Question 5: What happens to the IEP process when the student reaches the age of majority?

When a student reaches the age of majority (age 18 in most states), the state may provide that all rights accorded to the parents under Part B of the IDEA will transfer to the student, with the exception of the right to notice which is both retained by the parents and transfers to the student. Beginning at least one year before the student reaches the age of majority, the IEP must include a statement that the student has been informed of those rights under the IDEA, if any, that will transfer to the student on reaching the age of majority. The school district must notify the student and the parent of the transfer of rights one year prior to the age of majority.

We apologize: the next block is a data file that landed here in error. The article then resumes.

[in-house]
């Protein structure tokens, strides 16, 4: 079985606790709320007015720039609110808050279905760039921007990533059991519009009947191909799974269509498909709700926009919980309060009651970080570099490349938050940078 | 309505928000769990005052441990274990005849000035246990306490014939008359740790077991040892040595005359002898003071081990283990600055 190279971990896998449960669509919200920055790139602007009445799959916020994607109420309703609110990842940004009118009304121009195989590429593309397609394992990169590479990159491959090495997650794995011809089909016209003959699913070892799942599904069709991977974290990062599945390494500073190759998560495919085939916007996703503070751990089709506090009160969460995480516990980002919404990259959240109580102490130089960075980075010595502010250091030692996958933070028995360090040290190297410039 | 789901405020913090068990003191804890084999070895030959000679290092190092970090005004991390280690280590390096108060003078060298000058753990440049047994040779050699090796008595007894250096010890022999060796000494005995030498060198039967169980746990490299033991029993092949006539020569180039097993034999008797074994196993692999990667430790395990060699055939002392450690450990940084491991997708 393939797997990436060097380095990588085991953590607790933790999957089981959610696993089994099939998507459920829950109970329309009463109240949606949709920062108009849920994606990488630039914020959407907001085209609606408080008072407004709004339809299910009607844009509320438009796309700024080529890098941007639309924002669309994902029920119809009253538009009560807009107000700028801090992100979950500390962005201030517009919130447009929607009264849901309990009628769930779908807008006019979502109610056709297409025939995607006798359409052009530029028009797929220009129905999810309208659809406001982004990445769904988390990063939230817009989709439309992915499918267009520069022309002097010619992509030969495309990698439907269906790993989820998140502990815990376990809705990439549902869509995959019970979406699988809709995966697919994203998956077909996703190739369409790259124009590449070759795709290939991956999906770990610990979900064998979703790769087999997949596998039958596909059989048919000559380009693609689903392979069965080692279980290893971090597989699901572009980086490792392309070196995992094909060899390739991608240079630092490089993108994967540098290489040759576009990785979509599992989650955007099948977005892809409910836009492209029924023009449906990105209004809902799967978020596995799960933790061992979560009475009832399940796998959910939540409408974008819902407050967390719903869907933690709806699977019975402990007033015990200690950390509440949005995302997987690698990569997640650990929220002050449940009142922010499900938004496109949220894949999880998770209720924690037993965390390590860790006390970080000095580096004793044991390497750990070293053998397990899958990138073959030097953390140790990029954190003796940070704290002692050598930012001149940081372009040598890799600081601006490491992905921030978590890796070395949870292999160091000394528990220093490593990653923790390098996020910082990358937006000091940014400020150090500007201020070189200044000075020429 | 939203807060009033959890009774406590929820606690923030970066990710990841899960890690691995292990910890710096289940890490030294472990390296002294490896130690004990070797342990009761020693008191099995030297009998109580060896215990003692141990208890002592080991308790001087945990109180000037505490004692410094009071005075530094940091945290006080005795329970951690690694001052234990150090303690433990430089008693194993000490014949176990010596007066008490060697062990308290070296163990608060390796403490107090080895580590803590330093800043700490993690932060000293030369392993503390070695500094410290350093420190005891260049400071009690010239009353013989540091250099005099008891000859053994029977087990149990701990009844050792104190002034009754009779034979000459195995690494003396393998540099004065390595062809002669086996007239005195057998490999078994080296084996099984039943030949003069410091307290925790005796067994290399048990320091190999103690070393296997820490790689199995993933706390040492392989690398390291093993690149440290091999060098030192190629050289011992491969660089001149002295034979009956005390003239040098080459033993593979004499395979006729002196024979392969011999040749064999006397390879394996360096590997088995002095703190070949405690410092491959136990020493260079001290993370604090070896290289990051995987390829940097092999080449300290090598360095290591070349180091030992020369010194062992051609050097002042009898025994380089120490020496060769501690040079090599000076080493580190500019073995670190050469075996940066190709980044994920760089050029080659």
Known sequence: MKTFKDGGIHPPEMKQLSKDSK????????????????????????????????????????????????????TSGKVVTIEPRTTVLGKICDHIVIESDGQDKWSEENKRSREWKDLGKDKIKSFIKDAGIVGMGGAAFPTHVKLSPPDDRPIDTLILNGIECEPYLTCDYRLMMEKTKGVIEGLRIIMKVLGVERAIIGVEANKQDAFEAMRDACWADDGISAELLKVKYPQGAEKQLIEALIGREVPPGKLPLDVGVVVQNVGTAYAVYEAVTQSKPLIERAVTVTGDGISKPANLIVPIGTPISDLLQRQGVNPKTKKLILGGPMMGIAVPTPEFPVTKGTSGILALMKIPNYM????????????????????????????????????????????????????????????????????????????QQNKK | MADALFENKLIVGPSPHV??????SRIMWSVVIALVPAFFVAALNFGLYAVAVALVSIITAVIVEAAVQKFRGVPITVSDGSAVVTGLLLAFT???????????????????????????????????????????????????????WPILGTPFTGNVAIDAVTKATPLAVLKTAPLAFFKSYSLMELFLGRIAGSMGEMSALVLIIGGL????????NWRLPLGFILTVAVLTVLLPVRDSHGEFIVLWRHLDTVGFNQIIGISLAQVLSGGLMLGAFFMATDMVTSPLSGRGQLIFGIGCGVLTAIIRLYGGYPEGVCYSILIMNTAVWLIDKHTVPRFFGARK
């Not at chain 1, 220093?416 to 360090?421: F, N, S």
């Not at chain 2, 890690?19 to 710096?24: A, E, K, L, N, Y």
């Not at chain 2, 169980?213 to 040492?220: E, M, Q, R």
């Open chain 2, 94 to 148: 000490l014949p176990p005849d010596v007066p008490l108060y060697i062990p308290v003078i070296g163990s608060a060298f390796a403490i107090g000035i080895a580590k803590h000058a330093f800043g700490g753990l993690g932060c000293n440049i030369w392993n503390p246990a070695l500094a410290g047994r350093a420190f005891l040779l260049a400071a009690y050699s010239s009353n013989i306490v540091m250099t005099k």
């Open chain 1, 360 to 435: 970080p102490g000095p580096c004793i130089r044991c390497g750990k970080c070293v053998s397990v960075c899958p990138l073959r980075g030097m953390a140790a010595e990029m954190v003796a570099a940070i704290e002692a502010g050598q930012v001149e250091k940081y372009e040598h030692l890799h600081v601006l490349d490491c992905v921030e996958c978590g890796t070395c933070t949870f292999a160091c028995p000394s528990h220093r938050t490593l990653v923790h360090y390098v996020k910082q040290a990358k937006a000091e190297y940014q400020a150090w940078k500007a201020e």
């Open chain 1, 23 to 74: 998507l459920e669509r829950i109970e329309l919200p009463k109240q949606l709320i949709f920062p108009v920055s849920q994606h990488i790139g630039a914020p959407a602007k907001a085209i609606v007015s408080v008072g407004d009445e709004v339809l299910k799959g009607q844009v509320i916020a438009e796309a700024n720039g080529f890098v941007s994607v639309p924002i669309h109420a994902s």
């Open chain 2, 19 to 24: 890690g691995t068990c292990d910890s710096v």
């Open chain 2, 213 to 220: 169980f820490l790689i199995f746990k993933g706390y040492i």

These requirements do not apply to students who have been determined to be legally incompetent under state law. If the state has a legal means to determine if a child who has not been legally determined to be incompetent is not able to provide informed consent, that state may establish procedures for appointing a parent or other person to represent the educational interests of the student. The regulations clarify this to apply only if the state has additional laws and procedures that allow for a lesser determination of competency for specific purposes. Like the guardianship procedure, however, these "lesser determinations of competency" are legal processes leading to some legal judgment about the individual's capacity to provide informed consent.